PT-CLJ-SC Pedaltrain Classic JR w/soft case

  • Classic Jr is available for purchase with either pedaltrain S fitted soft case (featuring a heavy-duty metal zipper and reinforced stress points) or a professional-grade tour case
  • 18×12. 5×3. 5-inch hand-crafted pedal board made of aircraft-grade aluminum with a durable matte finish
  • 72 inches professional grade adhesive-backed hook-and-loop for securing pedals and zip Ties included

This pedalboard is great for small to medium-sized setups. The only drawback is that the cloth bag that you carry it in does not have pockets for your extras. You will also need to buy a power supply to mount at the bottom of the pedalboard. I recommend the Voodoo Lab Pedal Power 2 Plus Isolated Power Supply.

Another option is the Donner Pedalboard. It is not quite as expensive and comes with a large side pocket.


Donner Guitar Pedal Board Case

  • Portable Aluminium Alloy Guitar Effects PedalBoard
  • Canvas bag that safely and securely transports your pedals from gig to gig.
  • Convenient for Guitarists to carry when going out to play.
  • 60″professional grade adhesive-backed hook-and-loop for securing pedals and zip ties included.
  • The pedal board suits any volumes of power supply: Donner DP-1/DP-2, T-rex, VoodooLab, etc

Of course, you can decide to make your guitar pedalboard. There are plenty of doing it yourself YouTube videos that will show you how to make your very own board to suit your own needs. It all depends on if you are a good DIY’er and your budget.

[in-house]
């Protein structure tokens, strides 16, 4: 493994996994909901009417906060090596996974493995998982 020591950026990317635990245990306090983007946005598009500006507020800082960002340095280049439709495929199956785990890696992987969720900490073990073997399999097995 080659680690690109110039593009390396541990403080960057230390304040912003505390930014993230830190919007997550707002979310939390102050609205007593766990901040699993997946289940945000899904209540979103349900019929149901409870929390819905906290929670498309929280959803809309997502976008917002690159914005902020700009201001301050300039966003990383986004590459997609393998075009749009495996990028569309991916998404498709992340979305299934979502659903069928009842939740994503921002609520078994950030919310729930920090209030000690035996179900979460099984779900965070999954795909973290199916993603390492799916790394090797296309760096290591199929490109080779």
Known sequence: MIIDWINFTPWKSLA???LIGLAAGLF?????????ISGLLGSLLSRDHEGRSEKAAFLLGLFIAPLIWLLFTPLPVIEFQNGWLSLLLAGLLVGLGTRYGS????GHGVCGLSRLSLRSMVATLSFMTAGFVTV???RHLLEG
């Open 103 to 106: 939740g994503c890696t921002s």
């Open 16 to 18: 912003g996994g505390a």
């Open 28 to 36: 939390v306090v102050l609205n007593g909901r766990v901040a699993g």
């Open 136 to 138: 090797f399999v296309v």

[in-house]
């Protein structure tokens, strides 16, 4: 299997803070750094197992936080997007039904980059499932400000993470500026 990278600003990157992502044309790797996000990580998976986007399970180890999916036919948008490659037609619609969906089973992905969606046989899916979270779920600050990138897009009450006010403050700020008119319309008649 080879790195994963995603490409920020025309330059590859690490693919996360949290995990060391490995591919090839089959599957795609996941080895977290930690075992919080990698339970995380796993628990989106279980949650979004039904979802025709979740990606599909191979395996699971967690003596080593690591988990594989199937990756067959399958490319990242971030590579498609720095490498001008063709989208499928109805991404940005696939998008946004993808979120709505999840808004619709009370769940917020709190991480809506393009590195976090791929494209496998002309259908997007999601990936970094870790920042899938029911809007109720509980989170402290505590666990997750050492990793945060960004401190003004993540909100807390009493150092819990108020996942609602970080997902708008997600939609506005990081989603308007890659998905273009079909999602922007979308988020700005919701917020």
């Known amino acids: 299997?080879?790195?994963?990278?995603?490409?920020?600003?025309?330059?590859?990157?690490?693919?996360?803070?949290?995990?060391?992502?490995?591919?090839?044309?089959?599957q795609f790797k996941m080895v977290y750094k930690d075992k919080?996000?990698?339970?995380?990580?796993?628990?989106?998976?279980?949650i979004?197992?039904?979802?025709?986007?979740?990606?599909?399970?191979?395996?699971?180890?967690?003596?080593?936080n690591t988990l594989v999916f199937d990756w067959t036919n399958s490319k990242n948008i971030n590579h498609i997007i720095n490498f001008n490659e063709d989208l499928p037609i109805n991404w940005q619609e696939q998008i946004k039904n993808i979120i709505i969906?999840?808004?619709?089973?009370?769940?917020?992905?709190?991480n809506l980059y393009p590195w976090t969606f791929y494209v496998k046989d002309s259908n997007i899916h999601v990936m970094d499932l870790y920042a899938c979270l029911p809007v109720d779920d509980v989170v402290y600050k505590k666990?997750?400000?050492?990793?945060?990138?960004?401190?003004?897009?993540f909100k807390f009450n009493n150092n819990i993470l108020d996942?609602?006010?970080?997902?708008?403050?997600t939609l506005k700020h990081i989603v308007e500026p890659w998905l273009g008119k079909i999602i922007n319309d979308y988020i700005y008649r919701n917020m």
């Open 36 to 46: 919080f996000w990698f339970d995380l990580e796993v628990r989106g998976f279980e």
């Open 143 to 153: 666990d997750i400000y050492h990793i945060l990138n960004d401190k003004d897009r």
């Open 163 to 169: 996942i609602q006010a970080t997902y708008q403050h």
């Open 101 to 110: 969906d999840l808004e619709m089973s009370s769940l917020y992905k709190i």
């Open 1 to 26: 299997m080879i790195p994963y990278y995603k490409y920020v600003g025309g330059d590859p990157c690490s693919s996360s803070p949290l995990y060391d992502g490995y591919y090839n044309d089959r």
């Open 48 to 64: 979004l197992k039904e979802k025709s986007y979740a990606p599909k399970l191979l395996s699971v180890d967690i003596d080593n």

The Ultimate List Of Guitar Pedals For Worship

Delay Pedals

In my opinion, the most essential effects pedal a worship guitarist needs is a delay pedal. The rhythmic and textural sounds of delay have influenced the sound of modern worship music more than any other musical effect. Dotted 8th note delays and volume swells have been taken right out of the U2 playbook of guitar sounds and have become so prevalent that it’s hard to find a modern worship song without them.

For those rhythmic delays, having a delay pedal offering presets and tap tempo is very important to have.

Here are some of the more popular delay pedals.

Additional Guitar Pedals For Your Unique Guitar Tone

Reverb Pedals

Another very popular guitar effects pedal is the reverb pedal.

Imagine that you’re singing in a vast cathedral and you finish the song with the traditional “Amen.” This echoes you hear reverberating back at you is reverb. Reverb fills out the sound and gives it a kind of “churchy” sound. There are a few variations on this effect that worship guitarists often use.

Here are some of the more popular reverb pedals for you to consider.

Volume Pedals

There are many uses for a volume pedal. Are you heading into a lead solo? Then you use your volume pedal. Are you doing swells, sending the signal to a different effect as Kyle did, or maybe you need a mute? The volume pedal is the way to go.

There are two types of volume pedals; active and passive. Passive volume pedals are a potentiometer mechanically turned by a pedal, and work much the same way as the volume knob on a regular magnetic pickup guitar. A quick way to identify a passive volume pedal is it doesn’t typically need power.